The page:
Because if you put yourself into a position where losing your jobs means losing your house, your car and your means of basic subsistence, then you are not free, you are a slave to your things. And Leykis larger point was a good one: If you are not free, then you are not truly a man.

I may not remember his words on this verbatim, but that was the essential point he was making.

Boiled down to it's essence, the F YOU fund is nothing more than realizing that you need to order your life so that you are not in a position to be forced to do something....or do anything you don't want to out of a position of fear.

If you haven't done so yet...start saving.


Anonymous said...

I spent the first two years out of university driving a fourteen year old shit box. I paid off 25k worth of student loans in that time, wore my clothes from college, lived at home etc. I didn't buy $600 smart phones, I didn't wear designer jeans, I didn't go on fancy trips.

Now I'm in my late twenties, I've paid cash for a five year old luxury sports sedan (my dream car!), I have 40k in an IRA, and ill have 100k cash in my bank account at the end of the year (I know hoarding that much cash probably isn't the best idea, but I'm not quite sure what to do with it just yet. I'm thinking about laying down 50-60k cash for a foreclosure if I find the right deal). I have been to fifteen different countries and last year bought a modest set of quality firearms (my main hobby). So at this point I can certainly start to enjoy the "fruits" so to speak.

I live in a region with a lower cost of living and I work as an engineer in manufacturing. I know that not everyone will be able to make the same progress/everyone's circumstances are different. With that said I'm just sharing what I was able to do with where I'm at.

Your advice is sound, it hurts early on but is worth it down the road.

Athol Kay said...

For me my F YOU fund isn't so much a fund, but the income stream from my first book.

Really, really, really pissed my old boss off lol. I've never seen an employer act like they got dumped before.

BuenaVista said...

I'm a serial software entrepreneur: start companies, build an asset, build a customer base, sell company to major corporation (that has lost the ability to innovate), start over and repeat cycle. I'm on my fourth. This will be my last.

People in this world use a term called F U Money. The paradox of high risk development is that, as soon as you take a venture capitalist's money, they think they own you. They will march you toward their presumed liquidity event at any cost to your life, your family, your psychology, your health.

This is a paradox because the VCs are usually wrong in what they think a company can or should do. Therefore the only executive worth a shit is one who tells them no, we are not doing what you want this time, and stop calling me when you're drunk at 11 p.m. with your next great idea. I did not have F U Money until company number three, which meant for the seven years of number three, I was playing five card stud with four cards. Very stressful, wife bailed. But I made it to the finish line, got paid, got my F U Money, VCs thanked me for not letting them roll me. Wife was pissed because couldn't take half of the winnings. She had to content herself with taking my home and my children.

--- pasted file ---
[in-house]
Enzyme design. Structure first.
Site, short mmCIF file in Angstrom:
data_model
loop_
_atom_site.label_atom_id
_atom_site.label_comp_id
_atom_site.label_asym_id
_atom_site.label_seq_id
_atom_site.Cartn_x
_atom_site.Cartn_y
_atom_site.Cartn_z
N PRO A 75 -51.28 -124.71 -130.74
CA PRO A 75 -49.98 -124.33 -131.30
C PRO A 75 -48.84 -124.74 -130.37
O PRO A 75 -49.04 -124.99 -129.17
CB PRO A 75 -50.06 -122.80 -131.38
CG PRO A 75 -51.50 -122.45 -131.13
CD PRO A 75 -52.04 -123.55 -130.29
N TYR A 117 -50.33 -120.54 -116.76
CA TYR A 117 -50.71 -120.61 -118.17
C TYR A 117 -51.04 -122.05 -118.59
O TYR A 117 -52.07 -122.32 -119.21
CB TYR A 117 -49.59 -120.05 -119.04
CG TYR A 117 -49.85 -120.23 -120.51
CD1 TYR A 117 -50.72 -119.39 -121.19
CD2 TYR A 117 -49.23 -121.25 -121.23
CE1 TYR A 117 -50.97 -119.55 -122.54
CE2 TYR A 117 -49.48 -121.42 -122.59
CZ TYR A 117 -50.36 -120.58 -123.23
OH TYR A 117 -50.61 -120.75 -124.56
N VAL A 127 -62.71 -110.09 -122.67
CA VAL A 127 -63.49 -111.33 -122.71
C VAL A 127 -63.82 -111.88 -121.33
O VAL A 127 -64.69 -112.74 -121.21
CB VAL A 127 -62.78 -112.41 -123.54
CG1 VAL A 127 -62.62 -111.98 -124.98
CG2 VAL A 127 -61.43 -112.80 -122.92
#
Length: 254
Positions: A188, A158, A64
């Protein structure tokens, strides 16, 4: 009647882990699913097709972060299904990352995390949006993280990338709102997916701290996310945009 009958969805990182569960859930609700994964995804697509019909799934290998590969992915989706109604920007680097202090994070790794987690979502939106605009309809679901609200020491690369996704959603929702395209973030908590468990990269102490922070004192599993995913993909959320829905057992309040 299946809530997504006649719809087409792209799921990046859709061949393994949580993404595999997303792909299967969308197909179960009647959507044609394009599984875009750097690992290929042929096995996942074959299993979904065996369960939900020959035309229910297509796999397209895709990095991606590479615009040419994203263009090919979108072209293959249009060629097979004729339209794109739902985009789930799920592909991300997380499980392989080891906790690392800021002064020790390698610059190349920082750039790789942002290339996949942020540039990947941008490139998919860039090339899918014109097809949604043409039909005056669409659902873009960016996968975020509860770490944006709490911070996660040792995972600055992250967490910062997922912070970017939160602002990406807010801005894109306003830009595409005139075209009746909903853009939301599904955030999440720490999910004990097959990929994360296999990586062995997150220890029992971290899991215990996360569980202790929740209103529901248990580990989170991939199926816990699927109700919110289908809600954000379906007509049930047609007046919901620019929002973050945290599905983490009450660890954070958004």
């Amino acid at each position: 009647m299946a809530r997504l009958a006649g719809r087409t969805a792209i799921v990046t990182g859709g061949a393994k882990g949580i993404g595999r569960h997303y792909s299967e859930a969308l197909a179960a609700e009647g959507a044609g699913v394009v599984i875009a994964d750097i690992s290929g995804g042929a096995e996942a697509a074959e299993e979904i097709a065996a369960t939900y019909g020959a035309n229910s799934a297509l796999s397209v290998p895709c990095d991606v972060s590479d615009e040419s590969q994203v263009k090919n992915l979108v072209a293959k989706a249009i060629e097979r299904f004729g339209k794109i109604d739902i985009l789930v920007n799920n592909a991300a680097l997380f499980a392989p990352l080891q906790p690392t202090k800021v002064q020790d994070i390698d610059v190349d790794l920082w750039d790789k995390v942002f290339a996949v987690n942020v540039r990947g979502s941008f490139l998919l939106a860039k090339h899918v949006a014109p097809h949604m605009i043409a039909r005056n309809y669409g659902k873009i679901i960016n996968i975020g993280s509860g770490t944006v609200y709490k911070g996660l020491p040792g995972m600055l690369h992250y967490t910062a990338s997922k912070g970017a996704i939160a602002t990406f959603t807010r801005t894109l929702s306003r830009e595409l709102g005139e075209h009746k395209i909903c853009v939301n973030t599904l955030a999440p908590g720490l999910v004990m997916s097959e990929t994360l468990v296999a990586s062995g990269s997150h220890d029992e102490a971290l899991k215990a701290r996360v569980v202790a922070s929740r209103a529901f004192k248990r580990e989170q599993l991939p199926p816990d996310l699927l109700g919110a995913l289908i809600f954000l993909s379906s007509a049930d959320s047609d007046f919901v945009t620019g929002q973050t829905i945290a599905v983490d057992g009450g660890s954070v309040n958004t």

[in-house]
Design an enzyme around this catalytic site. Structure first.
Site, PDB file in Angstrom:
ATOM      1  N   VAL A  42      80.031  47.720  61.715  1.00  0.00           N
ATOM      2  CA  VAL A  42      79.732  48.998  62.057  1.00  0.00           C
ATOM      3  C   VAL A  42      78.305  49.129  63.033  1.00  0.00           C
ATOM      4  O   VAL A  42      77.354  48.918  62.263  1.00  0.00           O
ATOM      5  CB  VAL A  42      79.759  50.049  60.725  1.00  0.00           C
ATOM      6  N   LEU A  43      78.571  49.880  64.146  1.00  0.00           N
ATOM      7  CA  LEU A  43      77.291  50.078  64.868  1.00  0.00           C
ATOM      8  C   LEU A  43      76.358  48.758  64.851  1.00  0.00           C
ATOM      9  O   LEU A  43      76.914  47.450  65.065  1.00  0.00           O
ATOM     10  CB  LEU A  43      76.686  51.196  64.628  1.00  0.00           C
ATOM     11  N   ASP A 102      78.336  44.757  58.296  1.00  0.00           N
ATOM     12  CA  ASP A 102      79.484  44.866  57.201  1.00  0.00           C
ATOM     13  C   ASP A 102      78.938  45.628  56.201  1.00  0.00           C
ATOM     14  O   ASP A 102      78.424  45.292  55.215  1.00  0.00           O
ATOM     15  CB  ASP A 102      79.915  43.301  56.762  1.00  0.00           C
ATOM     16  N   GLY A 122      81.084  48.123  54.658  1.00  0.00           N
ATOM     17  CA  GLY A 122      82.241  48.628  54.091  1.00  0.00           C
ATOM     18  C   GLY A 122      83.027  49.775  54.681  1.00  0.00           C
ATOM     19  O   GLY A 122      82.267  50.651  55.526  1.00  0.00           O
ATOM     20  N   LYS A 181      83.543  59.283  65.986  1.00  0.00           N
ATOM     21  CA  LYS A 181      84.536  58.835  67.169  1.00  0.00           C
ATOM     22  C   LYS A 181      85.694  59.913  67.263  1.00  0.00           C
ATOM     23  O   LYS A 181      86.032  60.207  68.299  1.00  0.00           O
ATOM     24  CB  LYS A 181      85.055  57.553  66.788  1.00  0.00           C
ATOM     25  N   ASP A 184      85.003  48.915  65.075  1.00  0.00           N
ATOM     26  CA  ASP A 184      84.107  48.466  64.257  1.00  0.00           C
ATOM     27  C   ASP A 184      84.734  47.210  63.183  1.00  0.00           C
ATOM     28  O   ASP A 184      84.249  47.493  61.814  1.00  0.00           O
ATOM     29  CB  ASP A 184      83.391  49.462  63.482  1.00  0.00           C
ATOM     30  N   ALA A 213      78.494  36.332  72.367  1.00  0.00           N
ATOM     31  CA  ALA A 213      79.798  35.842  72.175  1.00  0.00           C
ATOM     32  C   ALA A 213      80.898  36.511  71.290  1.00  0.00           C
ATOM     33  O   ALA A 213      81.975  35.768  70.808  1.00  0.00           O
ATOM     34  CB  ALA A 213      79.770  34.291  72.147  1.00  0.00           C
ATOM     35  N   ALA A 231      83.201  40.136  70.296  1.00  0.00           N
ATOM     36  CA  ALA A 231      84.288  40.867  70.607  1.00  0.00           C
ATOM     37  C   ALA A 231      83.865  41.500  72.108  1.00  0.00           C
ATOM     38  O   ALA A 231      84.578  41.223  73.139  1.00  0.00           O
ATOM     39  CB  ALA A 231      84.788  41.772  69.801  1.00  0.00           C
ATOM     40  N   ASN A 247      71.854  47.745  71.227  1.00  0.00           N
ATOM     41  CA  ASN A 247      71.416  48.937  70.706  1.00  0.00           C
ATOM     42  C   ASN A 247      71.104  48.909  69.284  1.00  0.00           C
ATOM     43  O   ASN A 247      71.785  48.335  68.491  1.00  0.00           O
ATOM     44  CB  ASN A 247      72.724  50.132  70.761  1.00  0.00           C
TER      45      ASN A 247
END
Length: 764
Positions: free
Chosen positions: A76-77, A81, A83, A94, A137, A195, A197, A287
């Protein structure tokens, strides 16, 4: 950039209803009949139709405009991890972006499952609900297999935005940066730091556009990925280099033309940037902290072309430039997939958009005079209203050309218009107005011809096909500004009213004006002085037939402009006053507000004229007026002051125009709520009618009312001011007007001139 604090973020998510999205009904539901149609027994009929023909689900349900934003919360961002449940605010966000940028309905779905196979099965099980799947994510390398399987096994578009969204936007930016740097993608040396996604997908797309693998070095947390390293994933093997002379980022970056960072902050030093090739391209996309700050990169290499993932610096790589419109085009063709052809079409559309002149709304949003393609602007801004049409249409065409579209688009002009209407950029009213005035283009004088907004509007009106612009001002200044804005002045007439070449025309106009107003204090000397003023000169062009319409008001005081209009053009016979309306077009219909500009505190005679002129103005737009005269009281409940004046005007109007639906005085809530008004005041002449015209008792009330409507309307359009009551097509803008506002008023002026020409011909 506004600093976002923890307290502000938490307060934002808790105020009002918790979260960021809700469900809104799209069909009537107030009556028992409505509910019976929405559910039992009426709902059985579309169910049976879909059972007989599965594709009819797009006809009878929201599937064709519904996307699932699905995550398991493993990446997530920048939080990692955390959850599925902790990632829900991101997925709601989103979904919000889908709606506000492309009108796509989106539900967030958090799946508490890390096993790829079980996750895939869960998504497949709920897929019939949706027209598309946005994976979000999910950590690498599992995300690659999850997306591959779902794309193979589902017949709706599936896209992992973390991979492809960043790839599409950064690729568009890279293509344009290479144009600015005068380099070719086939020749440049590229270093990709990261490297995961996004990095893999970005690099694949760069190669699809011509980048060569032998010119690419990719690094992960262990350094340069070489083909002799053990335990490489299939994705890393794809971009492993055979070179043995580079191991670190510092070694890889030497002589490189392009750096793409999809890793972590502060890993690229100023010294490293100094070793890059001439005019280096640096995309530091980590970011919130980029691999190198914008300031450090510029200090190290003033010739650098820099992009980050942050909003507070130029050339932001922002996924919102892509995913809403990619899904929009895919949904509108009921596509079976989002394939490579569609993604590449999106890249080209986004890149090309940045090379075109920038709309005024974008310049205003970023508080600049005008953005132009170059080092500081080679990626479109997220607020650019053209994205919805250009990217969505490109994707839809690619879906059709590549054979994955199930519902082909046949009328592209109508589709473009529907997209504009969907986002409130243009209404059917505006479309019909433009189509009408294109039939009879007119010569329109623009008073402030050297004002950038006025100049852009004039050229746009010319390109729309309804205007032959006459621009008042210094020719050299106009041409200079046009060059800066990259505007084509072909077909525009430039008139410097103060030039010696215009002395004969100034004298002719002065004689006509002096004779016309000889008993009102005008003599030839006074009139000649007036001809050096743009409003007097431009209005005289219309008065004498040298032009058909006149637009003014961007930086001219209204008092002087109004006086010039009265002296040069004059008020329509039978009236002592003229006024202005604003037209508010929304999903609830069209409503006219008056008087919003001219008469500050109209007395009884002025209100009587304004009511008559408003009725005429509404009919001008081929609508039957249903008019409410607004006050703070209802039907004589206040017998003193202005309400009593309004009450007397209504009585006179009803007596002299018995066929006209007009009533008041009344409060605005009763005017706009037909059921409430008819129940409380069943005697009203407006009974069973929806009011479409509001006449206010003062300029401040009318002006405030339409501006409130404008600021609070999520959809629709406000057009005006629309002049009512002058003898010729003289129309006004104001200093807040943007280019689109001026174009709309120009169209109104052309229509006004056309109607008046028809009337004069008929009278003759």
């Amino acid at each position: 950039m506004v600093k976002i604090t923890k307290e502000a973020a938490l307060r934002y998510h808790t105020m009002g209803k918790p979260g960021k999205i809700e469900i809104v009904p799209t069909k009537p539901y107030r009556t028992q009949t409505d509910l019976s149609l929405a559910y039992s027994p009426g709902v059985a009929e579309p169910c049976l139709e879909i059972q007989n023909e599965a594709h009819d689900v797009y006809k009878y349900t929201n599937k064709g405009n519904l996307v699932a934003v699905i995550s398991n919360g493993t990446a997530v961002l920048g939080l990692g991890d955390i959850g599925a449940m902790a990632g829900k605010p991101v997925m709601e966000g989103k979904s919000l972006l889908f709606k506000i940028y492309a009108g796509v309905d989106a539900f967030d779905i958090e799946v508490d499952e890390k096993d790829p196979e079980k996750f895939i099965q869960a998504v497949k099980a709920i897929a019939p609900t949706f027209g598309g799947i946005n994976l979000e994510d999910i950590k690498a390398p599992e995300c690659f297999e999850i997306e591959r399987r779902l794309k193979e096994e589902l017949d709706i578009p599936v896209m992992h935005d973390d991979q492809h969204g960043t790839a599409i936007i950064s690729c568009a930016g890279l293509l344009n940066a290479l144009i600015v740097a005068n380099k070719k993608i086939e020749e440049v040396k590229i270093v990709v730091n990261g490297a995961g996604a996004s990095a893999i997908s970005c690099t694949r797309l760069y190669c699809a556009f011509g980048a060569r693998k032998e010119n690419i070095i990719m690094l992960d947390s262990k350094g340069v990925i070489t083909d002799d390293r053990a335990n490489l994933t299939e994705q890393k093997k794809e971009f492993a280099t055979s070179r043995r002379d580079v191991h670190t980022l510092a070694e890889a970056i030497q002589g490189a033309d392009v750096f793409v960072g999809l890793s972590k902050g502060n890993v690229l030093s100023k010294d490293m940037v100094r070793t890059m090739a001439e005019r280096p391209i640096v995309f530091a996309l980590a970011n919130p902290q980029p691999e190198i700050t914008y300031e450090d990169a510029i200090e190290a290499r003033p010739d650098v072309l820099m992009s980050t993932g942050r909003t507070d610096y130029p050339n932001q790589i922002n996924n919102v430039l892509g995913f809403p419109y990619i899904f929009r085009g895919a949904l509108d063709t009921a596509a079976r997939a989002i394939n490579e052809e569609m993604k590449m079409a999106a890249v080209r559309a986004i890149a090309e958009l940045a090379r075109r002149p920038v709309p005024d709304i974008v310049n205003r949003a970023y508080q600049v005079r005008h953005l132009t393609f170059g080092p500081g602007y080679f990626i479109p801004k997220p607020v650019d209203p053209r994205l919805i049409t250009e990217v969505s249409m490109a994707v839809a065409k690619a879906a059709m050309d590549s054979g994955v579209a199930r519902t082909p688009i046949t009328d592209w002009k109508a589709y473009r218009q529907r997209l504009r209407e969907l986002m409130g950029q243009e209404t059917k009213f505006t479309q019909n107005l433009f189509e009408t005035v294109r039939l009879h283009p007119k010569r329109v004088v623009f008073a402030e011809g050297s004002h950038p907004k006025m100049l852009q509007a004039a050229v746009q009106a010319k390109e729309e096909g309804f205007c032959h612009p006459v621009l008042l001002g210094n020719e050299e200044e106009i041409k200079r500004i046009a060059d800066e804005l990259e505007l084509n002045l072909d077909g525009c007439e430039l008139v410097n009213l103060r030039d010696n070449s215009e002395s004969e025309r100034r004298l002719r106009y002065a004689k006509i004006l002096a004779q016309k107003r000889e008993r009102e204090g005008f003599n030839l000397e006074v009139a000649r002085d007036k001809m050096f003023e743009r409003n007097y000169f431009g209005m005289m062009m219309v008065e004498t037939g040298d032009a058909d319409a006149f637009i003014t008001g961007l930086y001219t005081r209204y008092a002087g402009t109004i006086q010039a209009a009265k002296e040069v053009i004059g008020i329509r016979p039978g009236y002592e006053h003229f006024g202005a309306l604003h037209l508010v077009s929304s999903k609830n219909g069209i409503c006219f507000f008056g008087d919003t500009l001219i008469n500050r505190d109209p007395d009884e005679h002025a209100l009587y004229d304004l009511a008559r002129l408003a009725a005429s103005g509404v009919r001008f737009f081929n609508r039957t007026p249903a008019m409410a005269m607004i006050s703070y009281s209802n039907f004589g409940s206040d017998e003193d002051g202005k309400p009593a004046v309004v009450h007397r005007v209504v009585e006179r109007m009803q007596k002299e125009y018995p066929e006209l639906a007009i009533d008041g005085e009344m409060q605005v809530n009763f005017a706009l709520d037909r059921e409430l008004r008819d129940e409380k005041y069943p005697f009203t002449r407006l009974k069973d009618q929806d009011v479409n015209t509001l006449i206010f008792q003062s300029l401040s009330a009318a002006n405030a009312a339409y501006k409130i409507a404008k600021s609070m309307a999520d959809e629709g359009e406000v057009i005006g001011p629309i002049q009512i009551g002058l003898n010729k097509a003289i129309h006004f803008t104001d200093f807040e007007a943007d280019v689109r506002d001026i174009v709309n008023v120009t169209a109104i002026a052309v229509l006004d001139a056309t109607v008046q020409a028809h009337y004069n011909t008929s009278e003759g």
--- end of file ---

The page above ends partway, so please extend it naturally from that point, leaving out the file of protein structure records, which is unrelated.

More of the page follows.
Number Four will pay me better yet because I had enough F U Money to self-fund this thing, and only have investors who understand that they invested because of me, not because of their beknighted sense of VC perfection. Sometimes I call my investors back, sometimes I send them an email because I am too busy. They know I'm going to get them a 10:1 on their investment.

F U Funds and F U Money, in my view, are central to successful business success, and central to a reasonable home life (until, anyway, the wife meets someone with more F U Money).

When I was married and did not have F U Money I acted like I did: expensive house (mortgaged), leased fancy cars, trophy vacations, juggled credit cards.

Now that I have F U Money I drive a 10 year-old Porsche, a 12 year-old SuperDuty, paid cash for my house, and vacation in the rural midwest. I do not use a credit card except for business expenses. I am hopeful that my children will help me jumpstart their way to F U status, and let me buy them their first house so they don't spend 20 years renting from bank. Of course, they may, if they choose, use that dough to leverage up if they want. But I'm pressing hard for them not to spend the 25 years in economic and social servitude, and if they marry (I'll be stunned, having seen my life, if my son will marry) perhaps they won't have the daily grinding diminishing pressure of servitude screwing up their home life.

MadMav said...